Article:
Franklin invented the glass harmonica in 1761. It consists of “musical glasses” made of crystal, glass, or quartz, mounted horizontally on a motor-driven rotating spindle. To play it, you rub a wet finger around the rim of the glasses.

Music is still being written today for this unusual instrument, but Mozart actually wrote a few, including this one…

Calixa Lavallée

1 July 2012

You may know Calixa Lavallée (1842-1891) as the composer of Ô Canada, our country’s national anthem , but did you know he was also a conductor, a pianist and a teacher?

He studied in Quebec but soon moved to the US after winning a competition. He came back to Montreal briefly, before a public subscription enabled him to spend 1873-5 in Paris, where he studied piano with Antoine-François Marmontel and harmony and composition with Bazin and Boieldieu fils. Little is known of his stay in Paris, except that he composed a series of studies for piano, including  Le Papillon, on the study list of the Paris Conservatory , still performed by young Canadian pianists in competition. This work subsequently went through numerous editions in Europe and America, continued to appear in collections and anthologies, and was recorded several times, as early as 1908 by Frank La Forge.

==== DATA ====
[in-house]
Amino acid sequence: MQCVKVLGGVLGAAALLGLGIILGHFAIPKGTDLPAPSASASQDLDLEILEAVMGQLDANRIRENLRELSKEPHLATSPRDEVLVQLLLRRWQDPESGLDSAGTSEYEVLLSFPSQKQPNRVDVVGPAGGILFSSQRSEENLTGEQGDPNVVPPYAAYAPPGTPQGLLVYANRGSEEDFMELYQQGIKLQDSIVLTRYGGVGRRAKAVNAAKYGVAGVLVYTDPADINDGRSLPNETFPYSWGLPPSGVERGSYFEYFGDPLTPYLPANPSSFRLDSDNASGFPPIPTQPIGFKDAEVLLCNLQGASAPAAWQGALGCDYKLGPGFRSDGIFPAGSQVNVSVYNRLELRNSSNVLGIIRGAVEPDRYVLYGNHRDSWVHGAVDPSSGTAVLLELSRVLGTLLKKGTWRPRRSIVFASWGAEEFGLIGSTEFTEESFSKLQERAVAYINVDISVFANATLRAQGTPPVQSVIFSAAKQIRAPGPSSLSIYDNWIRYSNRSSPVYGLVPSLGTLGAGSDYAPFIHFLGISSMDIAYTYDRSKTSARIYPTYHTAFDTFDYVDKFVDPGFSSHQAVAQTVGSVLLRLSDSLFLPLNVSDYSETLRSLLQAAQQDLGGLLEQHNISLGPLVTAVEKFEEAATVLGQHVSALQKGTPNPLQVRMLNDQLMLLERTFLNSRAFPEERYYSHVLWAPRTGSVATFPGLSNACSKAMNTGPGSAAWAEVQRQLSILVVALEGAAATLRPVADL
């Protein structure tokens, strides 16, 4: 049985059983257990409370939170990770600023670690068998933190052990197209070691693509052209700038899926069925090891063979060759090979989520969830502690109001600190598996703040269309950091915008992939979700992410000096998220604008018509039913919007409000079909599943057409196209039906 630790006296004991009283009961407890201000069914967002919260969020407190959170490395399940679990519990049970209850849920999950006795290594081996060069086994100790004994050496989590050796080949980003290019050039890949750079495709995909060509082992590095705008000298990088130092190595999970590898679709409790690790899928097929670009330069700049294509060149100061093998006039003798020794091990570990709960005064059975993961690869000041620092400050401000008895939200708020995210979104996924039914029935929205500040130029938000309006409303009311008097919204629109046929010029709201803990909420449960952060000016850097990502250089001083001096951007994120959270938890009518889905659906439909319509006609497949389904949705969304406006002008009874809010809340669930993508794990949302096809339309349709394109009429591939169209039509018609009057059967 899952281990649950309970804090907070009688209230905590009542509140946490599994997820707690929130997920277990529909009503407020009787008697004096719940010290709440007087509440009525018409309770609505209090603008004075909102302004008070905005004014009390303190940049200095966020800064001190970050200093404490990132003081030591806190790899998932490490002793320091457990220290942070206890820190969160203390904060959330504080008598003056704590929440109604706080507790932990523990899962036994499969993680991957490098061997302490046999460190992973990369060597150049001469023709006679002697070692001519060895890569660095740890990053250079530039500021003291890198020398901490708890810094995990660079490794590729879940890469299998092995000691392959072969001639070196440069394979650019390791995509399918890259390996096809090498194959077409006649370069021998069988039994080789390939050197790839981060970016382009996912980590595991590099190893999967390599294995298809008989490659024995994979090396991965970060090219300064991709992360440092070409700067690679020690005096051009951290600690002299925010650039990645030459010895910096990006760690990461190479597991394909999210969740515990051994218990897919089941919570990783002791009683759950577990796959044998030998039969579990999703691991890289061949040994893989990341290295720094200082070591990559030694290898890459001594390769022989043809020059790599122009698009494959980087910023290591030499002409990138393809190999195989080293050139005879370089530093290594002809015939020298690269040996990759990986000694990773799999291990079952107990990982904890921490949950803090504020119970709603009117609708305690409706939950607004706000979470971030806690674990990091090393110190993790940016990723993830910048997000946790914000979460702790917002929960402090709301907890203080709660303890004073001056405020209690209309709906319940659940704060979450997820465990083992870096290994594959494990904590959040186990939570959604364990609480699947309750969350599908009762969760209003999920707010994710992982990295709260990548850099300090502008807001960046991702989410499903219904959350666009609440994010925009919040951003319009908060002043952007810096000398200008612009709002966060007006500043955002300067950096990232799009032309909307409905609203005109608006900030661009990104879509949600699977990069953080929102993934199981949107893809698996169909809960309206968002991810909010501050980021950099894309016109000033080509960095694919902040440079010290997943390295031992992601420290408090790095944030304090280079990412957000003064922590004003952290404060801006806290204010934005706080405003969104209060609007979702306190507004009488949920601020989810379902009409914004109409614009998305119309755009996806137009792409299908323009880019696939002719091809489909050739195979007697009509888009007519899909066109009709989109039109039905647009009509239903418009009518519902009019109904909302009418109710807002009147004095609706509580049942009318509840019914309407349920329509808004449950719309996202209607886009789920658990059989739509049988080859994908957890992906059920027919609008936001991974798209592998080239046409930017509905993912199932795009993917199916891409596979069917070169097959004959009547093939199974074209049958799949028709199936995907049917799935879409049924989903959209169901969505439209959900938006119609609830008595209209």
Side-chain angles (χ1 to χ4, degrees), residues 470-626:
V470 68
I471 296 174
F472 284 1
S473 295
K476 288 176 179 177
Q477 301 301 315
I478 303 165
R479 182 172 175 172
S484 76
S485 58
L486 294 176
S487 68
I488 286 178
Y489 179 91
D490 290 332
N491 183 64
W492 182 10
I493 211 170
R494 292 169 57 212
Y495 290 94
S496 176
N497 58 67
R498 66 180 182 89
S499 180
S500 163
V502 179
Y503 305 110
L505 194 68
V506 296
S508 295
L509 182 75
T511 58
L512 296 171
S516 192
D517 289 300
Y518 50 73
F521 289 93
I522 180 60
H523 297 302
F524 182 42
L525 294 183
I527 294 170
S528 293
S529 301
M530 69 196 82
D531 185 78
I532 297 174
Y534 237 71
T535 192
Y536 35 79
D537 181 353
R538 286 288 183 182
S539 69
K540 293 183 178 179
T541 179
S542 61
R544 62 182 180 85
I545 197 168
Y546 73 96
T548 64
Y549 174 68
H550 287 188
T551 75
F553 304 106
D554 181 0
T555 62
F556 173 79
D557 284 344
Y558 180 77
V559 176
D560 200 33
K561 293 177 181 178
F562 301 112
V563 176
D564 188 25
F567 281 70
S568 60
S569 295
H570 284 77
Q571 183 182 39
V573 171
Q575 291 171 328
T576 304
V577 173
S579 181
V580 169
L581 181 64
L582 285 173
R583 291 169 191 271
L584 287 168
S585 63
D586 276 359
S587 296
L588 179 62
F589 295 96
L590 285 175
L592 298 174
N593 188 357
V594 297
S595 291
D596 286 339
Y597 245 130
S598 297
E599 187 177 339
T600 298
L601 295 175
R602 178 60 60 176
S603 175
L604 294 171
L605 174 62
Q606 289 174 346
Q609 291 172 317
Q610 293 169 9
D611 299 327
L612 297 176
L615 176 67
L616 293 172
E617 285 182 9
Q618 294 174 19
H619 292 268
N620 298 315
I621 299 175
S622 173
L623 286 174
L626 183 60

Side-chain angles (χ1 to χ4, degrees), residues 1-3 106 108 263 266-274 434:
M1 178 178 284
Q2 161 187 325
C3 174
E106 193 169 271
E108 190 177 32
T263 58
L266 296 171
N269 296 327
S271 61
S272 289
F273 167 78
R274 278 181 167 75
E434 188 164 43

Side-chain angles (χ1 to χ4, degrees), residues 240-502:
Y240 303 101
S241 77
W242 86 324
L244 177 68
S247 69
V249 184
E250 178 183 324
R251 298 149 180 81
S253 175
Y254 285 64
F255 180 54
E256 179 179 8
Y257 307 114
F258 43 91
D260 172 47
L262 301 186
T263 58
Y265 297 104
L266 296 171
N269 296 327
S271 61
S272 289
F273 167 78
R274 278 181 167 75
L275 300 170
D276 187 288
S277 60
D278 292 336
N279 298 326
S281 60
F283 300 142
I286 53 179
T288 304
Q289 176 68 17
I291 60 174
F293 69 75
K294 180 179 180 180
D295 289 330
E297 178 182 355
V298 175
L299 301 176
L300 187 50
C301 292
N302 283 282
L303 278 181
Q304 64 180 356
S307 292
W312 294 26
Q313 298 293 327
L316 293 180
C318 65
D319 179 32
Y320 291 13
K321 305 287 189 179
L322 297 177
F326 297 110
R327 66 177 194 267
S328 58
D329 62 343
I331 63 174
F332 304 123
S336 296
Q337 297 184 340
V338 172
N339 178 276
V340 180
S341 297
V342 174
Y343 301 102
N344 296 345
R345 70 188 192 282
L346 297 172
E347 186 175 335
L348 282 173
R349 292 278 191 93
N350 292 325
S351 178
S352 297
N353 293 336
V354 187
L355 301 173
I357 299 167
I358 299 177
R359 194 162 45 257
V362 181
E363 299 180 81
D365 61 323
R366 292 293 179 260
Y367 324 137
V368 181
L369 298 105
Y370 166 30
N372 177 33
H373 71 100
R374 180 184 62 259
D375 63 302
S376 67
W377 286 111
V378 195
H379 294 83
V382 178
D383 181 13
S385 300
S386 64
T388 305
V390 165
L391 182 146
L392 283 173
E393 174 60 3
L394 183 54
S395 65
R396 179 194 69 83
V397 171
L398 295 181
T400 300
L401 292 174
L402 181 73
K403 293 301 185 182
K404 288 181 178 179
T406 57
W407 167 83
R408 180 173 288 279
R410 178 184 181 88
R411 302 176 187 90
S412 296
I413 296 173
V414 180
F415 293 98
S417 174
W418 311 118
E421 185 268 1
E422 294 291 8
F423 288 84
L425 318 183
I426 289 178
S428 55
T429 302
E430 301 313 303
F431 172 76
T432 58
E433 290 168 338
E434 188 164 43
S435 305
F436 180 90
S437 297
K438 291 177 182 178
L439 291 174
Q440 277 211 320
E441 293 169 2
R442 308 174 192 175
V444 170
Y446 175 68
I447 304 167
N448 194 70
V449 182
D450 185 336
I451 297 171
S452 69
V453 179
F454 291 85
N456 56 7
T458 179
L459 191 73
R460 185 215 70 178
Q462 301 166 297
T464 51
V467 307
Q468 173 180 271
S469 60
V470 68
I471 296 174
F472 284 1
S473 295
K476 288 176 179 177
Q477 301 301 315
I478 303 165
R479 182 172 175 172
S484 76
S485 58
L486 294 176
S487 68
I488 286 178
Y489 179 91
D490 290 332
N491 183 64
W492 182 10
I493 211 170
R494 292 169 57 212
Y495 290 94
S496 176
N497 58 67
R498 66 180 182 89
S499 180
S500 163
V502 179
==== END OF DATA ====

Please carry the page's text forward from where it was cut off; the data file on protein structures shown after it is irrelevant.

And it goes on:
Lavallée returned to Quebec City 25 Jul 1875 with, in his pocket, a letter from Marmontel: “I bid you a cordial farewell and wish you all the success you deserve by your continuous and courageous work. I am certain that your friends … will find your talent transformed from two standpoints: style and controlled virtuosity.”  In La Minerve (December 9 and 10, 1875), Guillaume Couture acclaimed the composer as “one of our national glories,” adding that he had learned how “to be by turns brilliant, elegant, fiery, tender and impassioned.”

He wrote extensively, for various formations and voice, throughout his life. You can learn more about Lavallée here…